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UMass Lowell Doctoral Student Wins Award for Cancer Imaging Device

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LOWELL, Mass., March 22, 2019 — A University of Massachusetts Lowell Ph.D. candidate in physics has won international recognition for his research work in developing an imaging device that could lead to improved diagnosis and treatment of certain skin cancers. 

University of Massachusetts Lowell doctoral candidate Tyler Iorizzo and Professor Anna Yaroslavsky


University of Massachusetts Lowell doctoral candidate Tyler Iorizzo, left, and professor Ann Yaroslavsky. Courtesy of UMass Lowell.

Tyler Iorizzo, who conducts research at UMass Lowell’s Advanced Biophotonics Laboratory, earned an Educational Award from Edmund Optics, a supplier of high-precision optics for the optical industry. He was awarded $7500 worth of Edmund Optics products that will be used in the Advanced Biophotonics Lab.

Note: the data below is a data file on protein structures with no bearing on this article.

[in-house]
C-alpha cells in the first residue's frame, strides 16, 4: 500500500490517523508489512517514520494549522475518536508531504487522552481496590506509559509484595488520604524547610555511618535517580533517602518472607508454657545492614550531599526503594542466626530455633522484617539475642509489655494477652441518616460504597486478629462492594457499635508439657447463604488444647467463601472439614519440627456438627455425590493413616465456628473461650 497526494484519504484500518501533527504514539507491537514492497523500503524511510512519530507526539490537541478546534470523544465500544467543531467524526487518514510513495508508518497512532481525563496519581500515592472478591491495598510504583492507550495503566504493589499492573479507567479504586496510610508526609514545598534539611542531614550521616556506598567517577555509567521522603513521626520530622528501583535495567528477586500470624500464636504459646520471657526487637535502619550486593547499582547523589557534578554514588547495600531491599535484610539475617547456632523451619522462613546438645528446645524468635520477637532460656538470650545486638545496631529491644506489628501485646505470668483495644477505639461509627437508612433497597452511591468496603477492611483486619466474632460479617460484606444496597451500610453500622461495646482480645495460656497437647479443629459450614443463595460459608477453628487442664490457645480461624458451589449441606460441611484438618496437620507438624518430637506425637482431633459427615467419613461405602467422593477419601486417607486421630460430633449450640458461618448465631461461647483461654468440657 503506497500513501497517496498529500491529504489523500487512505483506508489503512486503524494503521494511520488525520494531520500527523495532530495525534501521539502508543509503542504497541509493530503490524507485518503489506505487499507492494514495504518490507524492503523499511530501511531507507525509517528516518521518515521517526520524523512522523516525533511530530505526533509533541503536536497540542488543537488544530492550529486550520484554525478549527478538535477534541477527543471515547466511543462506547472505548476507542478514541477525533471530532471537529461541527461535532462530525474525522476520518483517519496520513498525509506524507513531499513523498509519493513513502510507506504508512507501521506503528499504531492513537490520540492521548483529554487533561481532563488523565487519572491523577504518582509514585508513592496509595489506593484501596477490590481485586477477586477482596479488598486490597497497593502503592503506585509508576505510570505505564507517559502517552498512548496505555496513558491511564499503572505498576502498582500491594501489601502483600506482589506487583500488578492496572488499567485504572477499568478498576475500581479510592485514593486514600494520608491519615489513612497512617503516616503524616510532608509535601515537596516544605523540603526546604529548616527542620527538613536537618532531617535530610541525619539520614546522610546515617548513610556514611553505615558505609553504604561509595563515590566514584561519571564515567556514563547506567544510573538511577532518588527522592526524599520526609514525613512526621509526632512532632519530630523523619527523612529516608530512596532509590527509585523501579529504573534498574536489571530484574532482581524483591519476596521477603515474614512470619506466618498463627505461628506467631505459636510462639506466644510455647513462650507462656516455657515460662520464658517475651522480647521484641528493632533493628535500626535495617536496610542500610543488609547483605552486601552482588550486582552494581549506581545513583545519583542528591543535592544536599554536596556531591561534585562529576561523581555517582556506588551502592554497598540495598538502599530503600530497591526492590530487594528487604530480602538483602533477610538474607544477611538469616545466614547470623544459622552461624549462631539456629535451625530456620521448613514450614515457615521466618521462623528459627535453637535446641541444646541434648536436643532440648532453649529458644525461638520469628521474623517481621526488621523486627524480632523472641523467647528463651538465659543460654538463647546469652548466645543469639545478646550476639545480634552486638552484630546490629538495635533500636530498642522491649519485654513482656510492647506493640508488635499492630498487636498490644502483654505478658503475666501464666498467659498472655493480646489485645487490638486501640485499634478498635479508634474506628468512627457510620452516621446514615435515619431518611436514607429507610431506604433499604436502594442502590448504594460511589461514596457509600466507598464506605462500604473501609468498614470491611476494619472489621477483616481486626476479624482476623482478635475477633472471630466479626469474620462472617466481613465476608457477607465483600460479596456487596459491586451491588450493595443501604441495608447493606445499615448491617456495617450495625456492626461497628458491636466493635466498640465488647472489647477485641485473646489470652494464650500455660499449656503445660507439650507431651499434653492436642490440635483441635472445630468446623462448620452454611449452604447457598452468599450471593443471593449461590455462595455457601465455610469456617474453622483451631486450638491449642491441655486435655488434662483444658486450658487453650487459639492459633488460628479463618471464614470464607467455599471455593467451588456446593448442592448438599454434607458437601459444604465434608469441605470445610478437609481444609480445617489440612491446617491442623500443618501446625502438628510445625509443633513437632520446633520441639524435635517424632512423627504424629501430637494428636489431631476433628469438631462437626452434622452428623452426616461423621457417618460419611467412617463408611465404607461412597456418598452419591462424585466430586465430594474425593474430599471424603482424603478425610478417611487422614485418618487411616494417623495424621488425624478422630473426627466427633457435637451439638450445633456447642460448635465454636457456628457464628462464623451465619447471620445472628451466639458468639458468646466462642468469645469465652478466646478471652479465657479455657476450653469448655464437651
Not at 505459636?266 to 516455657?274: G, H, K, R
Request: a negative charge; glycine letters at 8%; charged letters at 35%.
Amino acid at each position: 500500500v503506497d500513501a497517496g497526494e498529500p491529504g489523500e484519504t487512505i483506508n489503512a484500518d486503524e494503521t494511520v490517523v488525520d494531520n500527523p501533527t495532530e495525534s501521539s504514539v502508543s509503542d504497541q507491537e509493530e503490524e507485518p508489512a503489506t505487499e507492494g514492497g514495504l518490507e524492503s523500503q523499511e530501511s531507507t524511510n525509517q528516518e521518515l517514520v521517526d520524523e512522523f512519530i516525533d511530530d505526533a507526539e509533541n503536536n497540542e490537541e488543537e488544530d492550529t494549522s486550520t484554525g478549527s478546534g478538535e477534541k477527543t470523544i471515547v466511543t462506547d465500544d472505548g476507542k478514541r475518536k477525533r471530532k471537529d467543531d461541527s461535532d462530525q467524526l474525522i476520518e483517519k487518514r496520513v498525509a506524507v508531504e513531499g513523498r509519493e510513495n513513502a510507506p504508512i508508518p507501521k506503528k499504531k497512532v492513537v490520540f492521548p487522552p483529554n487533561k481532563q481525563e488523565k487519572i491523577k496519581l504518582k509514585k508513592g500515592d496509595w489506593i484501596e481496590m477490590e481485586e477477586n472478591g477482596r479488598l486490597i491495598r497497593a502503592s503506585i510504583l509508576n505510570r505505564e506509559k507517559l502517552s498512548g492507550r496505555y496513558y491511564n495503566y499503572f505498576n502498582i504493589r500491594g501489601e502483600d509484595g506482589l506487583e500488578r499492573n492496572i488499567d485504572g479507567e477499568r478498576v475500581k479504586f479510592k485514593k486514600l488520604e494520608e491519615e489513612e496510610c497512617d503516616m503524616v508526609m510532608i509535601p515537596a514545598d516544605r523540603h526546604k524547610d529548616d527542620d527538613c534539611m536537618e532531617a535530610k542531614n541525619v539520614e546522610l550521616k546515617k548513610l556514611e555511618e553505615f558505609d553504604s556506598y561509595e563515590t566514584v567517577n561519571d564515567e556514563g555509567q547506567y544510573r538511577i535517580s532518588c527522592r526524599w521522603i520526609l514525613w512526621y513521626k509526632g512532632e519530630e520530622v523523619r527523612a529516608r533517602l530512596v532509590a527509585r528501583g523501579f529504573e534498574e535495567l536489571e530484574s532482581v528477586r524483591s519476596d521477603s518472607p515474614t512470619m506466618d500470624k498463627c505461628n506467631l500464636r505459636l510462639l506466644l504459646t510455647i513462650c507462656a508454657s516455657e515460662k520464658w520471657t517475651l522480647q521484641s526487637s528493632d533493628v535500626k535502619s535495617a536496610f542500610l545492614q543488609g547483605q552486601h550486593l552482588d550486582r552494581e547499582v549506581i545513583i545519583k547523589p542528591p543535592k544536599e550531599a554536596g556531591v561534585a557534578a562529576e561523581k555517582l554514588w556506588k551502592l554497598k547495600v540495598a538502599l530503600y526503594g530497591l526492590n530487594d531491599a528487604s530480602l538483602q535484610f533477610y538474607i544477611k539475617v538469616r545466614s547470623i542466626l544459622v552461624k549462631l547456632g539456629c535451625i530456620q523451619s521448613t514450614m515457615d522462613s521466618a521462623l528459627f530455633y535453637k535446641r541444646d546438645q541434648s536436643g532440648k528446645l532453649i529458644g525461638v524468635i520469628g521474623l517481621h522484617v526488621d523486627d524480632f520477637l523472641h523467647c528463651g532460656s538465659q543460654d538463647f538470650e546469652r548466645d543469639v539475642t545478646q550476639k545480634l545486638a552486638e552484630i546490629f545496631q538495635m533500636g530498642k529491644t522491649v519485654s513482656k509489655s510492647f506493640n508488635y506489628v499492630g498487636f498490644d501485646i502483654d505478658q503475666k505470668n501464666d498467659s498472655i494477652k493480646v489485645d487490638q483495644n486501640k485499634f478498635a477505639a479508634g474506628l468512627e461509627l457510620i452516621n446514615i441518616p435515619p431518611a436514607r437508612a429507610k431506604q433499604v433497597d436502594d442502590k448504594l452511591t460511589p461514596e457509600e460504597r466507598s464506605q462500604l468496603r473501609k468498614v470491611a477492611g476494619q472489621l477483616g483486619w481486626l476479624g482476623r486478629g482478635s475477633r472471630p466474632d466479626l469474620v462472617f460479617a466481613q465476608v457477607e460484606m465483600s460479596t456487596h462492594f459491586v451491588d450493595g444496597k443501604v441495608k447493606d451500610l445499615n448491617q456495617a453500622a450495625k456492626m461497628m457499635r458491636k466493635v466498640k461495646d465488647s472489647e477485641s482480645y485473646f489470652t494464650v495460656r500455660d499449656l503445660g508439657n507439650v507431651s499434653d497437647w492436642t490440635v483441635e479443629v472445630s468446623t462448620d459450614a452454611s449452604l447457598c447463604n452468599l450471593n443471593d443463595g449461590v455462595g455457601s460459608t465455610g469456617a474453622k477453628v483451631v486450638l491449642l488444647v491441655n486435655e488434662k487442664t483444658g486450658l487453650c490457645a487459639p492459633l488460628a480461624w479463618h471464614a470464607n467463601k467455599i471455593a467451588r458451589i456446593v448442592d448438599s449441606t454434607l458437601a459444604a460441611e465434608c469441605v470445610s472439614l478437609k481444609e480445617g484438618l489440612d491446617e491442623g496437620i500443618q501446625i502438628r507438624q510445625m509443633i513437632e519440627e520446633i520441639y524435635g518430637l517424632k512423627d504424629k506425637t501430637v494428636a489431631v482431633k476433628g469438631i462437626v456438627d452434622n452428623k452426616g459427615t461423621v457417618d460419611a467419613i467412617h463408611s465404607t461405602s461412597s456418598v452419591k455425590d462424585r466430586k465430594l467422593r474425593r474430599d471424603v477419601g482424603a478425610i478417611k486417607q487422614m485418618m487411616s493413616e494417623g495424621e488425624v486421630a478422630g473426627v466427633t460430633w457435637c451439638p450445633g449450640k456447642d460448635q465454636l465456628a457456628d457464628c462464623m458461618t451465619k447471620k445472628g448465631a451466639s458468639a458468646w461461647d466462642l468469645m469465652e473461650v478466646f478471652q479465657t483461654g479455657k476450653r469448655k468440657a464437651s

Iorizzo developed a device called an optical polarization imager (OPI), imaging technology that promises to improve success rates for diagnosis and surgery. It could also assist physicians in identifying the margins of nonmelanoma skin cancer prior to surgery, which would allow them to remove a malignant tumor with more precision, resulting in less complication and quicker recovery for the patient.

“Imaging with the OPI is completely harmless and noninvasive,” Iorizzo said. “It doesn’t use x-ray or high-intensity laser so it’s perfectly safe for the patient and the doctor.”

Ann Yaroslavsky, who is a UMass Lowell associate professor of physics and the director and founder of the Advanced Biophotonics Laboratory, said there is no other comparable tool available on the market.

“Surgeons basically look at the outline of a cancerous lesion visually and, based on their experience and training, decide where and how much tissue to cut,” she said. “In many cases, errors can arise because they can’t see the margins of the tumor very well.”


 


Photonics.com
Mar 2019
Research & TechnologyeducationUMass LowellAdvanced Biophotonics Laboratoryoptical polarization imagernonmelanoma skin cancer

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